in another. Commonsensical notions of trade-off would also seem to make a similar prediction: the greater the magnitude of fitness gain at lower temperature, the greater the anticipated loss of fitness at high temperature. However, no such correlation was observed; trade-offs, when they occur, appear random with respect to the degree of adaptation to 20°C (Fig. 12.2). For example, line 42/20 + 2 had the highest fitness gain at 20°C, but it did not have even a statistically significant trade-off at high temperature. One factor contributing to the absence of any compelling quantitative relationship is the divergence in the direction of the correlated fitness response measured at 40°C, as discussed in the previous section. Another factor is that the genetic variation among the lines is much lower for the direct fitness response at 20°C than for the correlated response measured at 40°C, making it more difficult to detect the underlying quantitative relationship, if any.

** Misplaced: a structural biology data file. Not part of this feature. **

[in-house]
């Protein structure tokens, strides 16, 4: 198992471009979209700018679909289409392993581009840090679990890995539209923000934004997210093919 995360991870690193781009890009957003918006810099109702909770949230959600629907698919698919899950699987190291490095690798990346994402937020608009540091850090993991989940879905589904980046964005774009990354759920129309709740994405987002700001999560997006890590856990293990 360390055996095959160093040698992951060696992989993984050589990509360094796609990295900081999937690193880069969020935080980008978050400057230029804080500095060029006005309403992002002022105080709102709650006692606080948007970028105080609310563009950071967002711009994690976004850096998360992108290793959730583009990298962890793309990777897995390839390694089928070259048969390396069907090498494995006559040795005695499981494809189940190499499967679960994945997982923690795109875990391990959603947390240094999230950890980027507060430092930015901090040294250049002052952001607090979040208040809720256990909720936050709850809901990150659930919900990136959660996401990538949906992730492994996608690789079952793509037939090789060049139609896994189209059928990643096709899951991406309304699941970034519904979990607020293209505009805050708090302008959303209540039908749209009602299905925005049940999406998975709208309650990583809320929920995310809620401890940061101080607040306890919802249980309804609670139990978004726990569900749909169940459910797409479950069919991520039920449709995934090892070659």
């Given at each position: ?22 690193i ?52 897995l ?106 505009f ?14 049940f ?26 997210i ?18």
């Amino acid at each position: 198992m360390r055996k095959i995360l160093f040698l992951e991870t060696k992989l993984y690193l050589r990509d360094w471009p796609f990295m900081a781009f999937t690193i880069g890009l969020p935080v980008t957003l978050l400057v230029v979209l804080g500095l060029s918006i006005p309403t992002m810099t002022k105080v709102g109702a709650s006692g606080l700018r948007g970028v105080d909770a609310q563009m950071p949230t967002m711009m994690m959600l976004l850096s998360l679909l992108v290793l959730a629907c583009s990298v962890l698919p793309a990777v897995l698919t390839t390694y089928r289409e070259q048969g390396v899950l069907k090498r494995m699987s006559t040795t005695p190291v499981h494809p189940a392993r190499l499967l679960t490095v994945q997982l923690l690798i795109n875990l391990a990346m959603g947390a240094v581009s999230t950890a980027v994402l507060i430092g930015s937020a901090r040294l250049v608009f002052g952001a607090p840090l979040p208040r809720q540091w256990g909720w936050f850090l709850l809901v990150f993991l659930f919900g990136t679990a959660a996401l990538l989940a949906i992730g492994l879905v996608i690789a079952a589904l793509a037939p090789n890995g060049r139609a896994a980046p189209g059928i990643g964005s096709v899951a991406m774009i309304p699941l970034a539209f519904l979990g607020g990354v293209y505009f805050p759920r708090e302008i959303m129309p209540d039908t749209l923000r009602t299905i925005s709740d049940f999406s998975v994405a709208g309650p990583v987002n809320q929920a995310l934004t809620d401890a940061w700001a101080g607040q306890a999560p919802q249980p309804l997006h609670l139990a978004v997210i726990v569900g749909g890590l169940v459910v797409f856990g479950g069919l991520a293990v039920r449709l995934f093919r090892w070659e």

The 24 lineages that evolved at 20°C for 2,000 generations had previously evolved in the same medium under one of four different thermal regimes: constant 32°C, 37°C, or 42°C or a daily alteration between 32°C and 42°C (Bennett et al., 1992). Hence, we could test whether this prior selective history influenced their subsequent evolution at 20°C. However,